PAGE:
Facebook has an age limit not allowing anyone under the age of 13 to join the site. In fact, you have to be 13 to have an account with Twitter, Instagram, Pinterest, Tumblr and Snapchat. YouTube requires account holders to be 18, but a 13-year-old can sign up with a parent’s permission.
Kids under 13 these days seem very tech savvy and beyond capable of handling a social media site; however, most research shows that it takes a child approximately 12 years to fully develop the cognitive structures that enables them to engage in ethical thinking. Before the age of 12, it’s difficult for a child to fully grasp the impact of their actions upon others, even online. Ultimately it needs to be the parent’s choice on when the child is ready, as some 13-year-olds still need more time to develop so they’re able to navigate any negativity that may arise.
A safe Facebook account begins by having a dialogue with your child so they understand why and how certain changes can protect them. Start by accessing the “Settings” menu on the home page of their Facebook account.
Click the down arrow on the top right corner and click “Settings” on the dropdown menu. There will be a menu on the left side of the page with several options. Your first option is “Security.”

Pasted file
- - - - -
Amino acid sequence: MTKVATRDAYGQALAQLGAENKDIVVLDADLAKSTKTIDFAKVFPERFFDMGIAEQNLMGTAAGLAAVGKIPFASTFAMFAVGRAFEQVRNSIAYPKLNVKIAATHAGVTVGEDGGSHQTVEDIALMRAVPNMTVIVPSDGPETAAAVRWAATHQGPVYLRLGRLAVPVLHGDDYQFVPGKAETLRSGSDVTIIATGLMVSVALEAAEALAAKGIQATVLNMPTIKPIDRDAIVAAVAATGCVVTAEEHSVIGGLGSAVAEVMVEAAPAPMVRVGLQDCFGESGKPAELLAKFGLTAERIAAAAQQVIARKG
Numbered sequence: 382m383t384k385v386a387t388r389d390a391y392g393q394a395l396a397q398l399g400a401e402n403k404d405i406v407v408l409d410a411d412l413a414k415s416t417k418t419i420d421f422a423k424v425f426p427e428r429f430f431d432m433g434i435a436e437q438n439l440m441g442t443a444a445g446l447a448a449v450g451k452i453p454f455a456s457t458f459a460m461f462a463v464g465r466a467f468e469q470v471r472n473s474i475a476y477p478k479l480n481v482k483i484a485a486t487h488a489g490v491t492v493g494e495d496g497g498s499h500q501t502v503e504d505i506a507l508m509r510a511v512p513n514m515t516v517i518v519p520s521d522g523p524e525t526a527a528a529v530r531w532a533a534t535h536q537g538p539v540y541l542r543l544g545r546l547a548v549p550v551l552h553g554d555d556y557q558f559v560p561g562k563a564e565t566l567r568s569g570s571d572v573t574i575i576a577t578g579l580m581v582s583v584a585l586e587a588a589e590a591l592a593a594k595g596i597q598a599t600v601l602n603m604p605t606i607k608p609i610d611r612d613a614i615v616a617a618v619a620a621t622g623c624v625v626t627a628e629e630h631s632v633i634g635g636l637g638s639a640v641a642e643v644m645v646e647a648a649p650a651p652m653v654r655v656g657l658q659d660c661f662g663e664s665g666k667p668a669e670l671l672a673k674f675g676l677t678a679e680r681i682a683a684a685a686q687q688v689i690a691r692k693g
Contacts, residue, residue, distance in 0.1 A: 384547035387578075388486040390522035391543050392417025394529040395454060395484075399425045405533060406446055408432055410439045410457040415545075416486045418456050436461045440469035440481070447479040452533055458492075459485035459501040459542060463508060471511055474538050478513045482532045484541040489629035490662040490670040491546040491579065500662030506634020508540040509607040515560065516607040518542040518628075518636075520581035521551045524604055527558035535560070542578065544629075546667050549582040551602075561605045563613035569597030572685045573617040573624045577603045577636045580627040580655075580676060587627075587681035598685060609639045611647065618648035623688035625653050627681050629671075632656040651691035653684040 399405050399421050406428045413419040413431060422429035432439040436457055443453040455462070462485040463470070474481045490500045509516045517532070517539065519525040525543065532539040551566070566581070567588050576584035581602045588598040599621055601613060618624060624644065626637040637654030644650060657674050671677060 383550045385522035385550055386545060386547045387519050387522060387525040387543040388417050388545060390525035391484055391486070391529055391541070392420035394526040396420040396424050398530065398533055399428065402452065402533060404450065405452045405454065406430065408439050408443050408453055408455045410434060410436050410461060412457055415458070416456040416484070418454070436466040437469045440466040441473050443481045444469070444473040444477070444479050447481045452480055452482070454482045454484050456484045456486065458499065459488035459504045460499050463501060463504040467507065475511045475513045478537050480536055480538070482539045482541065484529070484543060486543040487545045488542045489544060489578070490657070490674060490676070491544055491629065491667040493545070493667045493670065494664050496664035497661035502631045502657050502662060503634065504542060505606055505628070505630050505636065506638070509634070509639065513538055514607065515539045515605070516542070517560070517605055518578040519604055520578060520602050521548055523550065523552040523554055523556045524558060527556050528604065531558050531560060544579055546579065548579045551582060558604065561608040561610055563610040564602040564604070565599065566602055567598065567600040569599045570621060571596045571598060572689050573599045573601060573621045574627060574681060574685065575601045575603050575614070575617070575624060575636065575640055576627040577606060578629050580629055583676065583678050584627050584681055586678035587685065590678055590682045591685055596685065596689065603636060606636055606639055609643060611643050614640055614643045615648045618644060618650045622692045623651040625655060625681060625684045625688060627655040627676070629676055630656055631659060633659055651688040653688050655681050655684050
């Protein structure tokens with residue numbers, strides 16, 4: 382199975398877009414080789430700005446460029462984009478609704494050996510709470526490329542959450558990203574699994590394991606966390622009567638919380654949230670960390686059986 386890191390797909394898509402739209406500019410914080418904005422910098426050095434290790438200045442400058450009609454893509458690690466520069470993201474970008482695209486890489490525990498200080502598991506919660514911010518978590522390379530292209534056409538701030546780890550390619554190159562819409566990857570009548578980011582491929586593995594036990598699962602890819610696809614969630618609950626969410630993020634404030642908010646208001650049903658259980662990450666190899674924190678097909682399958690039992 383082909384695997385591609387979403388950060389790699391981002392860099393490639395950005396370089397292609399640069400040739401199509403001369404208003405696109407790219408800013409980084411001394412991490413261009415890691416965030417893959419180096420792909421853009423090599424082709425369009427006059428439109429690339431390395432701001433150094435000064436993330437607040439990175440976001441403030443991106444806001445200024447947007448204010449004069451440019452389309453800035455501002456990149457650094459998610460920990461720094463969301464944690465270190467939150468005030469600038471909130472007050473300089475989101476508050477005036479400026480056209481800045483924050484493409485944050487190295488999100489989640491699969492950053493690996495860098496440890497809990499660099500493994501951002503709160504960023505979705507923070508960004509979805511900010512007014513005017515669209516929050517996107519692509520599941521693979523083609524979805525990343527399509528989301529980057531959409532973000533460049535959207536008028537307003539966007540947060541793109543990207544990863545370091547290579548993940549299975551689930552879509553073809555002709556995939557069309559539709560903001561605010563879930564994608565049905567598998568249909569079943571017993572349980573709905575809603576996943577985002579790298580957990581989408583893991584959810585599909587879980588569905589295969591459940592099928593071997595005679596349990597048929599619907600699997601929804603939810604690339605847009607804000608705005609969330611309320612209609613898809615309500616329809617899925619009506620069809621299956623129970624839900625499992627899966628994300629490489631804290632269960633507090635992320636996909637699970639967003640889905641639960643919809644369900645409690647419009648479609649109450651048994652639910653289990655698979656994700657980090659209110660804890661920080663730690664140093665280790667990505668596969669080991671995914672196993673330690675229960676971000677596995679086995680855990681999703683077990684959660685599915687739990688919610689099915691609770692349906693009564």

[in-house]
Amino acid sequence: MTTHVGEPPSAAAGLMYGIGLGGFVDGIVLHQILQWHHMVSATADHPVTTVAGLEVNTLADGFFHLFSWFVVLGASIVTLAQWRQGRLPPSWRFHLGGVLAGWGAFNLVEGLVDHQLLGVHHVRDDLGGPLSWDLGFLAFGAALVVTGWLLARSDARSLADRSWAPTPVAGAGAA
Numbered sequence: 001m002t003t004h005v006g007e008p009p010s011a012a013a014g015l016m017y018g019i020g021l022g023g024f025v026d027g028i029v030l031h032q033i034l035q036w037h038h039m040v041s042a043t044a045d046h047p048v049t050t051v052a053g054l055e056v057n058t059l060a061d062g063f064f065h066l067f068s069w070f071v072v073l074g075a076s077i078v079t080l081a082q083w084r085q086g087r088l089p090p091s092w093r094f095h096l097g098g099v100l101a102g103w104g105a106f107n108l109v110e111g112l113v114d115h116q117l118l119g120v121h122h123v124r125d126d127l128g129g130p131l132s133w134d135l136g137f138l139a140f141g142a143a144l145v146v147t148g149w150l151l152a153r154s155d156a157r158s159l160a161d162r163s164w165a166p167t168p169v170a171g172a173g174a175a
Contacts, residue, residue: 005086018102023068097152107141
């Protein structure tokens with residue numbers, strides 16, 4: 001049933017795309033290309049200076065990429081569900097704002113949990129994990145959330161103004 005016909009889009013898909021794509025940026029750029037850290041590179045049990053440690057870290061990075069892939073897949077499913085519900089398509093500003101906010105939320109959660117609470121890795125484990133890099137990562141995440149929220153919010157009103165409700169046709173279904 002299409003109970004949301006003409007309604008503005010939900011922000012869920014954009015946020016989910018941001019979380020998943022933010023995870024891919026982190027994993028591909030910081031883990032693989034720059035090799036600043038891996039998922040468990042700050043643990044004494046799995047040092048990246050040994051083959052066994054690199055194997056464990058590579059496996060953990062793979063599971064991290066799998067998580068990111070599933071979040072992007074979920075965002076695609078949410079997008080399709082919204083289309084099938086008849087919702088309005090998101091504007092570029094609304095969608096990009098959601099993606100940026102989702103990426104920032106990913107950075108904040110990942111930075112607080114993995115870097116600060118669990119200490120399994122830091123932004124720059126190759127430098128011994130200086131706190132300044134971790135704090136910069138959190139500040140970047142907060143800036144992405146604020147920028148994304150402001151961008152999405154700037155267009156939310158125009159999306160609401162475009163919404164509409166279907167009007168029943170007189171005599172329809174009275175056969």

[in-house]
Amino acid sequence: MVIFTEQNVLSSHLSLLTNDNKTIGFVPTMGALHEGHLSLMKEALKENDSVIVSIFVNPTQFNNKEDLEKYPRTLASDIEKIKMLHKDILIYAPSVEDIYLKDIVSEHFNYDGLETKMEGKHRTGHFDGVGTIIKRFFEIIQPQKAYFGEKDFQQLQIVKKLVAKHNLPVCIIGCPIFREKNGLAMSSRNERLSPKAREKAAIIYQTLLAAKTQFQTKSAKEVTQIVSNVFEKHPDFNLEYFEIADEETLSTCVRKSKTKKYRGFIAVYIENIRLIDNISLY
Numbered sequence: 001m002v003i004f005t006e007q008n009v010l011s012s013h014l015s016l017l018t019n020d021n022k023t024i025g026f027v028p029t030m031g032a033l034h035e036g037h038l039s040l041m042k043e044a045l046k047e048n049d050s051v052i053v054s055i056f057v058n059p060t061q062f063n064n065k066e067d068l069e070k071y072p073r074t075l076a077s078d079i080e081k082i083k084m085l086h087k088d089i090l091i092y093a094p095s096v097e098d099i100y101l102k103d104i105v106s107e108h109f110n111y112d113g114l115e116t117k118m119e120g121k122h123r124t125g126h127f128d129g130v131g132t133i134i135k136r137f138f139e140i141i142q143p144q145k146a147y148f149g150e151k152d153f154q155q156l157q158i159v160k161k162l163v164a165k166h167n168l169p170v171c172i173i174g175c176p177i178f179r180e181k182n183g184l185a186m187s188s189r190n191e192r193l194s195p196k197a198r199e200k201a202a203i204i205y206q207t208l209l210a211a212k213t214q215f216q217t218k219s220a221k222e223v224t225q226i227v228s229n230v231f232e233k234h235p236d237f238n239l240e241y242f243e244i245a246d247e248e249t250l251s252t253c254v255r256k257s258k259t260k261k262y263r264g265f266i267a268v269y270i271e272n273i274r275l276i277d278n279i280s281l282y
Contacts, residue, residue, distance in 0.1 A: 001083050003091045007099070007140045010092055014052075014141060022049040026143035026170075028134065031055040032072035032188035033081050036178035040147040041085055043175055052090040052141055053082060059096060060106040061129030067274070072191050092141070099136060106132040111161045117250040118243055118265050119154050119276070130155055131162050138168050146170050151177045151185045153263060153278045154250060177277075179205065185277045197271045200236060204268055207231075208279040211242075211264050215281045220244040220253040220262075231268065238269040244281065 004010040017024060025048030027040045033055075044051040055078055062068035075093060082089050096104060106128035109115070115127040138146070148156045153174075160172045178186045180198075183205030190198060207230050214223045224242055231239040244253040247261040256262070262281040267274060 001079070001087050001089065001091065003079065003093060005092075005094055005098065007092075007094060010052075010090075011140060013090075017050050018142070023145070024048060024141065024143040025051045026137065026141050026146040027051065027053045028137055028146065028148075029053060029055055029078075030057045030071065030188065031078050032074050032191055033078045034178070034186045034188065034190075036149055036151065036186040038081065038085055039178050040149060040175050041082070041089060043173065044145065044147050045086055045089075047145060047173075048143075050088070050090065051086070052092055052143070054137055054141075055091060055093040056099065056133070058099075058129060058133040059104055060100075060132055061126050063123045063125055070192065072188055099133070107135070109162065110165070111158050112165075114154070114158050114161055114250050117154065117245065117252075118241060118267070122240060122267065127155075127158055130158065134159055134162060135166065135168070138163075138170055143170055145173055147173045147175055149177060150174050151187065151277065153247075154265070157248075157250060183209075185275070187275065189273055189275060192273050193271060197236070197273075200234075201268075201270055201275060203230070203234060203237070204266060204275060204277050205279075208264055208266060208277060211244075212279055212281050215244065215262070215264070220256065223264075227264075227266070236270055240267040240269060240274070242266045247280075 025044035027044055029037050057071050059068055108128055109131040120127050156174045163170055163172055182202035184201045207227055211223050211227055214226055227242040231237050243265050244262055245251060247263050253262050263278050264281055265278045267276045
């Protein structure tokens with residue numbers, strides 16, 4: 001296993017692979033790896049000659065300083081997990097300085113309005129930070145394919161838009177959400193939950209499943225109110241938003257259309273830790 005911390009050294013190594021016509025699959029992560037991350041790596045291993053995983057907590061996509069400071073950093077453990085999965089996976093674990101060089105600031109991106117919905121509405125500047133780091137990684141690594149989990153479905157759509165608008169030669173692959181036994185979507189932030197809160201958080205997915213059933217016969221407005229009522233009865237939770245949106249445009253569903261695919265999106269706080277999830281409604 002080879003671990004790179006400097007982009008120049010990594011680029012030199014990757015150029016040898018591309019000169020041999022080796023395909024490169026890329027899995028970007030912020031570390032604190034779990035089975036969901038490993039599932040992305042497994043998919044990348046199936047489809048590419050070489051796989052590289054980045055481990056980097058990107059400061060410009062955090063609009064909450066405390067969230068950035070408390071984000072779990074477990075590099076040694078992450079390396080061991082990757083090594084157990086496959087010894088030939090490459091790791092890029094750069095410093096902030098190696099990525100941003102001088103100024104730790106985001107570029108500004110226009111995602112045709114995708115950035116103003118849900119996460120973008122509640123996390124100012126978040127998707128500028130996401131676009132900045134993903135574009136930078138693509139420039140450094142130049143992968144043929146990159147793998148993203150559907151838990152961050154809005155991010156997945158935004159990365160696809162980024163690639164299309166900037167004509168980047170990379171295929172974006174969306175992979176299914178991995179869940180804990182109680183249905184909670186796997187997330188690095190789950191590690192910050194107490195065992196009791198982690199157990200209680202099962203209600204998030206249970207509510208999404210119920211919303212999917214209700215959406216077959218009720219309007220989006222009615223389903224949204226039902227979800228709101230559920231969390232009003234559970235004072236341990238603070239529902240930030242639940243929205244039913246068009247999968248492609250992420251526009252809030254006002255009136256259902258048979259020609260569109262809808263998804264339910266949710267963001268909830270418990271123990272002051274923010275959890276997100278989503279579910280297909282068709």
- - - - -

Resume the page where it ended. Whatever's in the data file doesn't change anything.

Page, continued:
This section allows you to edit “Login Alerts” and “Login Approvals.” Signing up for notifications via email or text helps prevent someone from being able to log into their account from a different computer or phone if they know your child’s password. Under “Code Generator,” you can add a security code to access the account from an unknown computer, if desired.
Click “Edit” next to “Where You’re Logged In” and click “End Activity” if there are any sessions that are active from a different location other than where you’re located.
The second option is “Privacy.” These settings allow you to determine “Who can see my stuff,” “Who can contact me” and “Who can look me up” on your child’s account. They can be edited so that only Friends or Friends of Friends can see your child’s posts or have the ability to contact them. “Timeline” and “Tagging” offers many settings that can be edited by choosing “Only Me” or possibly “Friends,” depending on your child’s age, to determine who can add or see anything on their timeline.